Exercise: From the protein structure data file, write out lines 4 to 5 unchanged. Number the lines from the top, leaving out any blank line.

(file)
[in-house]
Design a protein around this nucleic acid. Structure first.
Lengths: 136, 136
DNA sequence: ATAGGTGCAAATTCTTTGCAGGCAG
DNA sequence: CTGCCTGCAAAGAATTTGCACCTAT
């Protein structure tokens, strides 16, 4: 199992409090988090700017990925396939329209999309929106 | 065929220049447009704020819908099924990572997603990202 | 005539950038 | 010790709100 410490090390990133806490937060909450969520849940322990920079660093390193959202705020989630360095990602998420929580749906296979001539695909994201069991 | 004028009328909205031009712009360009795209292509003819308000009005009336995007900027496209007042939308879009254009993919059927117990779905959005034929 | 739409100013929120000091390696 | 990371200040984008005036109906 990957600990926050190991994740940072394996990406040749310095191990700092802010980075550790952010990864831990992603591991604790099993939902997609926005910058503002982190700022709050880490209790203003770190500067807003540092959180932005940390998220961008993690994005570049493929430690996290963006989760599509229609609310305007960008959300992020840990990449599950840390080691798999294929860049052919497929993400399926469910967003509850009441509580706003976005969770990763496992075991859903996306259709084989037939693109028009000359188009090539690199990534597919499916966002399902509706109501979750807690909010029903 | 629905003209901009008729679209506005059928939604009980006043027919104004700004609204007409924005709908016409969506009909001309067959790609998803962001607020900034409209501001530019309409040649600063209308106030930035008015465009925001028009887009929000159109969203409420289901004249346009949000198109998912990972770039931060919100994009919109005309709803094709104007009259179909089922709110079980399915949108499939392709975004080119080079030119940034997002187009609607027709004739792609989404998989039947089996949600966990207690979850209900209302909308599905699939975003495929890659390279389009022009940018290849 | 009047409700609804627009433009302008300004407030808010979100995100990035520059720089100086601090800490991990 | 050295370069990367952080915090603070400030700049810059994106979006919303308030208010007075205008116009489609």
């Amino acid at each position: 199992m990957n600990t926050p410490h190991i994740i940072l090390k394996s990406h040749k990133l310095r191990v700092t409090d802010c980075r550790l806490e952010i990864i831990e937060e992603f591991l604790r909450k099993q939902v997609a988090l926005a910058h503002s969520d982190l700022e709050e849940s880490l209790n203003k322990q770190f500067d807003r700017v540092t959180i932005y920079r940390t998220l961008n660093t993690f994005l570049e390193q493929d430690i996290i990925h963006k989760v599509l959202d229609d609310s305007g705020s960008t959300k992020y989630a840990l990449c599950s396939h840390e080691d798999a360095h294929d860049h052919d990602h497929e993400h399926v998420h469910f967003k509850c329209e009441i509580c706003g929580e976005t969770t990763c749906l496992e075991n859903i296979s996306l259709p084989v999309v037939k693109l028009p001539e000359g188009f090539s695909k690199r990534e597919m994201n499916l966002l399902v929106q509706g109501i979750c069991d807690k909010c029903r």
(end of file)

DNA sequence: ATAGGTGCAAATTCTTTGCAGGCAG
DNA sequence: CTGCCTGCAAAGAATTTGCACCTAT